HOW MUCH PENT-UP DEMAND EXISTS FOR JOINT ARTHROPLASTY? (Orthopedics This Week)

Are patients waiting until Medicare kicks in to ask for total joint arthroplasty (TJA)? And, if so, how large is that pent-up demand?

Those are the questions that a group of Mayo Clinic researchers tackled with new research that has just been published in the February 2019 edition of the Journal of Arthroplasty. The title of the new study is “Evidence of Pent-Up Demand for Total Hip and Total Knee Arthroplasty at Age 65.”

Co-author Adam J. Schwartz, M.D., M.B.A., an assistant professor of Orthopaedic Surgery at the Mayo Clinic College of Medicine in Phoenix, Arizona, outlined the background of his study to OTW. “We see a number of patients who are age 65, just getting onto Medicare as their primary health plan, and we asked if a large proportion of these patients might have had their surgery earlier if they had appropriate coverage.”

“A large number of patients seem to wait for Medicare enrollment before deciding to have a joint replacement. Policy makers need to understand the additional financial burden that the public health care system assumes because under-insured patients wait until Medicare enrollment to have their total joint replacement. This is in addition to the added years of pain and disability endured by patients who cannot proceed with the surgery until it becomes affordable to do so.”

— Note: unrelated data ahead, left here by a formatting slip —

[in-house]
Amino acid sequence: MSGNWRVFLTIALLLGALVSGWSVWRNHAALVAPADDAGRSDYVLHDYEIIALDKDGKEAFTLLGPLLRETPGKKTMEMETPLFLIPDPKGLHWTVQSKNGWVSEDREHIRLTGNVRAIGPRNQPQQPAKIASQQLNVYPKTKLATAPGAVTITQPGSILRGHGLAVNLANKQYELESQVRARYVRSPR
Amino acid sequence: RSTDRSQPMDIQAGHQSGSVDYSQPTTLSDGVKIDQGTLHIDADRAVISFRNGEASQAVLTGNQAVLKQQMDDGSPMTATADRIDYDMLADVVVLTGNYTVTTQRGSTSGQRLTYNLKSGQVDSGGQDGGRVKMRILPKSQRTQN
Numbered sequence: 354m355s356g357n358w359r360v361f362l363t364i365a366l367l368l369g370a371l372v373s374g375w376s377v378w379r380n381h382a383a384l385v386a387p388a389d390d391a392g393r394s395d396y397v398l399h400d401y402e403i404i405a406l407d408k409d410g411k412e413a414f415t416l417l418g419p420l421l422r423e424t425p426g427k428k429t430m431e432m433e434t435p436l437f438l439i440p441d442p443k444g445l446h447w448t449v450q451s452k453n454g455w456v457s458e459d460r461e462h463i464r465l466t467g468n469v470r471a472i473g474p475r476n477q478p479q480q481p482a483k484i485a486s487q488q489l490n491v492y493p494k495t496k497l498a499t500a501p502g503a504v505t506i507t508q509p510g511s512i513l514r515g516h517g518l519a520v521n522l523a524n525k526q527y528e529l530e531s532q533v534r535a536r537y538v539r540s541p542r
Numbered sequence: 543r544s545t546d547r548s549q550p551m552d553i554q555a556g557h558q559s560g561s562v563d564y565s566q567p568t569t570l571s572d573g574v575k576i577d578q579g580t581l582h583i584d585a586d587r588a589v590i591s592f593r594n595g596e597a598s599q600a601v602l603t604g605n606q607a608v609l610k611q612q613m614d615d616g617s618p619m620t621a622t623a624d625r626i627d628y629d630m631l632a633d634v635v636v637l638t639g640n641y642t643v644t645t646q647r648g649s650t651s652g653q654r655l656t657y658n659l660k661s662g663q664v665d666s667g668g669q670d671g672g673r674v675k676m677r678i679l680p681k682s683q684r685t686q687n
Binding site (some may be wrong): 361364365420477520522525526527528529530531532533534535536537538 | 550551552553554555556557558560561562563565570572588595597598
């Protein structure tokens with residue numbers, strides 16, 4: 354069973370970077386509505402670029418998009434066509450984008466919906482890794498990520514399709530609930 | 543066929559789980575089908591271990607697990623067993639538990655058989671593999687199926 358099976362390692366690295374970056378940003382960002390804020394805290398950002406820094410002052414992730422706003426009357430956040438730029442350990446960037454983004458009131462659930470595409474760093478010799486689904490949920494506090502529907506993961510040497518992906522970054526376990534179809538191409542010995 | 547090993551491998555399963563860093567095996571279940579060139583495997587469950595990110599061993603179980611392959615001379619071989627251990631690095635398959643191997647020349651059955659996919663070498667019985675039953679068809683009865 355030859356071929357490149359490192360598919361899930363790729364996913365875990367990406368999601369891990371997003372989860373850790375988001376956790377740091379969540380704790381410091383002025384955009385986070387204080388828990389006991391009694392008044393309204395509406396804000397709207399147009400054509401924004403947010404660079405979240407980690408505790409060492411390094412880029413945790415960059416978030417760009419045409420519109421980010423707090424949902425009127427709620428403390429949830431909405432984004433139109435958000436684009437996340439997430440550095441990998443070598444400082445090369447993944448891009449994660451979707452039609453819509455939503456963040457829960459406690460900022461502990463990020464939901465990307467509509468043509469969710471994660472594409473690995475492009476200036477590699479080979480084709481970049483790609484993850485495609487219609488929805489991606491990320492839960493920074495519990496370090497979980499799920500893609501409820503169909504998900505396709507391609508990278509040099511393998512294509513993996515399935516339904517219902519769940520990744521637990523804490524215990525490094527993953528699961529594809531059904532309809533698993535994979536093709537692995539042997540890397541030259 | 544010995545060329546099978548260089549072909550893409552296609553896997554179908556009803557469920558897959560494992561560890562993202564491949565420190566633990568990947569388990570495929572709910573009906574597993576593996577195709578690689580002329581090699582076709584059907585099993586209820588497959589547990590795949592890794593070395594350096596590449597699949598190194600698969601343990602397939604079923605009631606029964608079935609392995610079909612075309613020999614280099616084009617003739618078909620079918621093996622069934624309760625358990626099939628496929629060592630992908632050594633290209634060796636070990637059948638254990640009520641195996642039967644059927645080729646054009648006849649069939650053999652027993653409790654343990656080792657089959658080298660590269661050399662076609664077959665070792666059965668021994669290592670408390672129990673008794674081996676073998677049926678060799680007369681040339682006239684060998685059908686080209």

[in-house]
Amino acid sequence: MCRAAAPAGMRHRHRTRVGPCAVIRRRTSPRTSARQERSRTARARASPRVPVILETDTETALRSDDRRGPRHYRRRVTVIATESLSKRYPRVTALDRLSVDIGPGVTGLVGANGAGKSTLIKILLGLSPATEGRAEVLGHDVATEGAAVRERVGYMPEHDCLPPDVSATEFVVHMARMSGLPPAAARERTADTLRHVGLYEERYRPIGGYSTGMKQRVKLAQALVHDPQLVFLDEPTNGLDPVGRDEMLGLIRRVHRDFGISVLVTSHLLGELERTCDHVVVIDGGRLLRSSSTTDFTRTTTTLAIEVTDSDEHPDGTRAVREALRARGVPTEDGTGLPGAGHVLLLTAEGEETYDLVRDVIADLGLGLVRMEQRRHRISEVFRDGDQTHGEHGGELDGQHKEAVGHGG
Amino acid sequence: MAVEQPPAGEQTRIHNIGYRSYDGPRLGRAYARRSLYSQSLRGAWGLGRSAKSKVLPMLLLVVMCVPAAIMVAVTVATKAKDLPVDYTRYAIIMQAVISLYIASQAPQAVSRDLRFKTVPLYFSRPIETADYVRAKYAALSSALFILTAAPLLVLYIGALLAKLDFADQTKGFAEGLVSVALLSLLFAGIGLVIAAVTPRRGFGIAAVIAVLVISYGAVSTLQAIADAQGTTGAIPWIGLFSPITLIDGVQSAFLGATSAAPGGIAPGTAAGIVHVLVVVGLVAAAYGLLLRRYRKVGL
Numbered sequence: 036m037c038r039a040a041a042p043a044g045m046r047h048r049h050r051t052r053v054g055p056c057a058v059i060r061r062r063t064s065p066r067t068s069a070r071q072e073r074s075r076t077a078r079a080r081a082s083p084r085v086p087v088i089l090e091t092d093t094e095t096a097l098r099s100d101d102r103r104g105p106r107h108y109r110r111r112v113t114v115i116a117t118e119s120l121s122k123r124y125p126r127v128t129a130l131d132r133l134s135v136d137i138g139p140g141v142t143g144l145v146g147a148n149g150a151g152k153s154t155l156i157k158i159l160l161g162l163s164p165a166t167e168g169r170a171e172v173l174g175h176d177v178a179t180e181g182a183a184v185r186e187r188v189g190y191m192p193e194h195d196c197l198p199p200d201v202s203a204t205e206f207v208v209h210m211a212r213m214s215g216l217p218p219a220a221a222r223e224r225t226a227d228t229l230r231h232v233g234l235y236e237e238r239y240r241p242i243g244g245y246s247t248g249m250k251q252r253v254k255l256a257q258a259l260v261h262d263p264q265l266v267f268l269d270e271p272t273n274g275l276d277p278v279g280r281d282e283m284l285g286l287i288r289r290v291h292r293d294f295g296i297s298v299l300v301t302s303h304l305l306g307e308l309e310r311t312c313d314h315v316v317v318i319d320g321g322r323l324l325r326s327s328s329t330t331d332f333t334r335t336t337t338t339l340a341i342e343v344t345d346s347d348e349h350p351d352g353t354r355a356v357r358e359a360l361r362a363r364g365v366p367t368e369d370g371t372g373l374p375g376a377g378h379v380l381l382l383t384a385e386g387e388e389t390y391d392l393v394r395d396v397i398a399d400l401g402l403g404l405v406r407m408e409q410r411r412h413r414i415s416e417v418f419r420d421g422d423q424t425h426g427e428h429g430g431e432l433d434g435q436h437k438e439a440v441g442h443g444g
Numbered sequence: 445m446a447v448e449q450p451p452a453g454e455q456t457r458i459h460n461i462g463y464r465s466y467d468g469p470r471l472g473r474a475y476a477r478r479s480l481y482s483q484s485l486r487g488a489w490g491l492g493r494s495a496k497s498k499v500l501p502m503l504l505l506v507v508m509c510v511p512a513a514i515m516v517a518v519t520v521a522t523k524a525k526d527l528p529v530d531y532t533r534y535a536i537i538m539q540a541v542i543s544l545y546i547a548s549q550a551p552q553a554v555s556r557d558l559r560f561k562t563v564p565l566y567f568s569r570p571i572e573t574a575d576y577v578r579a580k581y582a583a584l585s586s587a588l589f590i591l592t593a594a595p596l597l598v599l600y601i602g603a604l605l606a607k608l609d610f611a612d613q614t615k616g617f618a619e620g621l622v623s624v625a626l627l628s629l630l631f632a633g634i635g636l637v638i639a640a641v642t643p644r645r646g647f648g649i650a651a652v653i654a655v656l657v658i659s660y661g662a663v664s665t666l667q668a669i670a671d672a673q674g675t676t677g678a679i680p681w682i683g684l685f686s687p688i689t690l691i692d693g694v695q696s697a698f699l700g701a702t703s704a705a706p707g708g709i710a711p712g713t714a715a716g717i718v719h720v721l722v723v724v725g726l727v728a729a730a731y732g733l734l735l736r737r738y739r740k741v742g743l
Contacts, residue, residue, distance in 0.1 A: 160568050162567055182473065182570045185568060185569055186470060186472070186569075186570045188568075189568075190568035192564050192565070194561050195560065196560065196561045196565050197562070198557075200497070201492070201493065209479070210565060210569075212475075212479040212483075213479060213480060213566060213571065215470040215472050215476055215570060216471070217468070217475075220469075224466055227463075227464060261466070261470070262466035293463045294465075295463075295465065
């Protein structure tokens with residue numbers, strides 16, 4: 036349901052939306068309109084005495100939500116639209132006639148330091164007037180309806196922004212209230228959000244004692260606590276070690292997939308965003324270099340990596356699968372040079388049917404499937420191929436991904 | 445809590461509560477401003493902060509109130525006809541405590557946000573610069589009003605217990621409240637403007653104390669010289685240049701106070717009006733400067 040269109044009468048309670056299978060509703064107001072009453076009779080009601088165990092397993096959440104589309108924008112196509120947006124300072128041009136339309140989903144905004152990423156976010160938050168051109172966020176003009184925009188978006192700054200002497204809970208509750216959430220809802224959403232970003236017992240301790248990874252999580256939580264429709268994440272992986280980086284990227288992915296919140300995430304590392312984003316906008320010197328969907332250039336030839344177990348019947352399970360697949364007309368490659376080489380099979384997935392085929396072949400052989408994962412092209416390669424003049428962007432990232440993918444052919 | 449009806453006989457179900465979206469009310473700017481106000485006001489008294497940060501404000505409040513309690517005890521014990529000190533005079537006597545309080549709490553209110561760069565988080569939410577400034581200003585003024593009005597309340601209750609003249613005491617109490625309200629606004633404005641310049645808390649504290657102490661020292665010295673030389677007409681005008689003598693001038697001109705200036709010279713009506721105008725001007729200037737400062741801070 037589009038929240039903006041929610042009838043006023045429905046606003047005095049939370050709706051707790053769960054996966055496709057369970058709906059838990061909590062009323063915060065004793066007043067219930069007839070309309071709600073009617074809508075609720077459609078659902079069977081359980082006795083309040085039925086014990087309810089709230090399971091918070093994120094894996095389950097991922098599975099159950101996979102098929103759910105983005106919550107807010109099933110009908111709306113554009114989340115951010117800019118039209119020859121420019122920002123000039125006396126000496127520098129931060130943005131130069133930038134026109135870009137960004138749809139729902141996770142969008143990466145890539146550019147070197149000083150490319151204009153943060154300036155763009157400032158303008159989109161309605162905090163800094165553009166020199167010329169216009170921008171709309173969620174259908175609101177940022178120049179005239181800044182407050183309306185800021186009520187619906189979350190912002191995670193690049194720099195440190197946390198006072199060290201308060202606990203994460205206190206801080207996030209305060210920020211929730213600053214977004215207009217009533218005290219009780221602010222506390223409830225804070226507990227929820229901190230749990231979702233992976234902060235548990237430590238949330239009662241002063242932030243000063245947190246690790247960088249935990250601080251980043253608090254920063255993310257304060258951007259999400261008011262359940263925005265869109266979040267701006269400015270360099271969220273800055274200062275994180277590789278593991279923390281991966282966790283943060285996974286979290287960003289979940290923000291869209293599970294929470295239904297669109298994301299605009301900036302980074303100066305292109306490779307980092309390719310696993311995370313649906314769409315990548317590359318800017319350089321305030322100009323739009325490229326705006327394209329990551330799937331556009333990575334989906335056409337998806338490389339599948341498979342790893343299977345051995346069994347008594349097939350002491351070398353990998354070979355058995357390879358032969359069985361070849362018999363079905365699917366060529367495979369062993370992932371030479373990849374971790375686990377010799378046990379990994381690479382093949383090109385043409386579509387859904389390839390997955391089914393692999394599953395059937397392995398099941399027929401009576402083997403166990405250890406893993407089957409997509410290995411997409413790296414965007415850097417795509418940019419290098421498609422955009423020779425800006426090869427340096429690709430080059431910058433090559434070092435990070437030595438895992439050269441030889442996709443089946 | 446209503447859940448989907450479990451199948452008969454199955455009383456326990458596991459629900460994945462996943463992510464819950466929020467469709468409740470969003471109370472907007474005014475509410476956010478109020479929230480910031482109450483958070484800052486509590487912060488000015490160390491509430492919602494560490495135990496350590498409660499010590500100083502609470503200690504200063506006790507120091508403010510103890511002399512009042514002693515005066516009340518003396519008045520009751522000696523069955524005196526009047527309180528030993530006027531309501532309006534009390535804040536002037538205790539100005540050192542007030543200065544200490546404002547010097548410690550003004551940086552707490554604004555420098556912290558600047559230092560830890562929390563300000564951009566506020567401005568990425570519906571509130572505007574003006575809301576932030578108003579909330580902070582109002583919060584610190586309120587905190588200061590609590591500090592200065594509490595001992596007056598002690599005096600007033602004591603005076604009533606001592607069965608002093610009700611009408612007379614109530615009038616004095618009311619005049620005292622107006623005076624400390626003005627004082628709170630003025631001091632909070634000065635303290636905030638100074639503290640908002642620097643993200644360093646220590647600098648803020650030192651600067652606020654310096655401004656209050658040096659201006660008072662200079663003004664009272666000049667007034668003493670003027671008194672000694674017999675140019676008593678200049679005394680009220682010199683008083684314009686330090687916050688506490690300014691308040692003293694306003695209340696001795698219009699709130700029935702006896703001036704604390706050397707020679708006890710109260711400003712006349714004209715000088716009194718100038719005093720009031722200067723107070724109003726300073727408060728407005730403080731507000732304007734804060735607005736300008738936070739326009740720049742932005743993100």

Schwartz and his colleagues used the 2014 Nationwide Readmission Database to determine the incidence of TJA. What they found was that the TJA incidence rates increased from age 64 to 65 as compared to the expected increase.

The researchers calculated pent-up demand by subtracting the expected from the observed difference in frequency of TJA. They also measured the costs of such pent-up demand. The authors determined excess cost by multiplying this value by the median cost of a primary TJA. They then used the Medicare Expenditure Panel Survey Household Component to compare out-of-pocket costs, access to care, and insurance coverage among patients aged 60-64 (group 1) and 66-70 (group 2).

According to Schwartz and his colleagues, “The expected and observed increases in TJA procedures from age 64 to 65 were 595 and 5,211, respectively, resulting in pent-up demand of 4,616 joint arthroplasties (1,273 THA and 3,343 TKA), and an excess cost of $55 million (range, $33 million-$70 million). Mean total out-of-pocket expenses for patients in group 1 were significantly greater ($1,578.39) than patients in group 2…”

“Understand that as your patients get closer to enrolling in Medicare, they are more likely to defer their surgery. There is a slowing in demand for joint replacement around age 63, 64, when patients approach enrollment. It is reasonable to explore these issues with patients and try to understand their concerns and some of the issues with their insurance companies. It is quite possible that they do not need to unnecessarily delay these needed procedures.”